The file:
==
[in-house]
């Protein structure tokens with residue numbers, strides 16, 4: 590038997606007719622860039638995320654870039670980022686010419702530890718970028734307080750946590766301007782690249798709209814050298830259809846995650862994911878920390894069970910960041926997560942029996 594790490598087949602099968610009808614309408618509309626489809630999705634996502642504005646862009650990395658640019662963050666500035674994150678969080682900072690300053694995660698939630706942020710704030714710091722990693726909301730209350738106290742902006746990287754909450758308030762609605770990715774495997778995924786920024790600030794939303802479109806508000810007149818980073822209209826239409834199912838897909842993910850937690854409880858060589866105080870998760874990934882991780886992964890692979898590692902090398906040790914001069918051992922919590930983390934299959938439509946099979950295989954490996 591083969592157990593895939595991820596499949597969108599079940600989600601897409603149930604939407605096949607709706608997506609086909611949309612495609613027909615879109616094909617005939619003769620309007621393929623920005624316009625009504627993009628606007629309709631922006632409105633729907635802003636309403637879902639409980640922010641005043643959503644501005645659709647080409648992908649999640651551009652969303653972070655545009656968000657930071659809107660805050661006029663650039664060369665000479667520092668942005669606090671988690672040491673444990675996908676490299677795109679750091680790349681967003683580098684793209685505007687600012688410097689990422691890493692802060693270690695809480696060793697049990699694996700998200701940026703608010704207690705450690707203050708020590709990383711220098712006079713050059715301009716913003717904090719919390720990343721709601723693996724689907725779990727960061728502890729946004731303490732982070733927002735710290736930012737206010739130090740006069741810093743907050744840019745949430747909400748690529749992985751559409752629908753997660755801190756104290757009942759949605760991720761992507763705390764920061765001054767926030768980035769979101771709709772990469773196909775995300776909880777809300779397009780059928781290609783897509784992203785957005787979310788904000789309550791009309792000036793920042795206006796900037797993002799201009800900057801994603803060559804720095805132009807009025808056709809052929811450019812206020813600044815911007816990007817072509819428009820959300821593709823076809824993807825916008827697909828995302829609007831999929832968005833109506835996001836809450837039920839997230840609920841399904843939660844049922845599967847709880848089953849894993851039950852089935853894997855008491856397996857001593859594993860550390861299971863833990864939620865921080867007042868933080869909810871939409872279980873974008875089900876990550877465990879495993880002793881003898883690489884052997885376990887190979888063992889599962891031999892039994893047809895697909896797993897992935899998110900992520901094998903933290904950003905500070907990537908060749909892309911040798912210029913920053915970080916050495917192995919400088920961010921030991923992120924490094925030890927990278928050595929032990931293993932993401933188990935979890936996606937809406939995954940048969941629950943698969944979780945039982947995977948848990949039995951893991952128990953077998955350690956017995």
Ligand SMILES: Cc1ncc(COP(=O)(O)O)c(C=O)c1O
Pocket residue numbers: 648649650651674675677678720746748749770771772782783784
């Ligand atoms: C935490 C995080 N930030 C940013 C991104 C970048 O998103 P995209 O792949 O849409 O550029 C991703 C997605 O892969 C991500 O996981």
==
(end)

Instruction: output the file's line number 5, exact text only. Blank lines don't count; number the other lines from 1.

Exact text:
């Ligand atoms: C935490 C995080 N930030 C940013 C991104 C970048 O998103 P995209 O792949 O849409 O550029 C991703 C997605 O892969 C991500 O996981």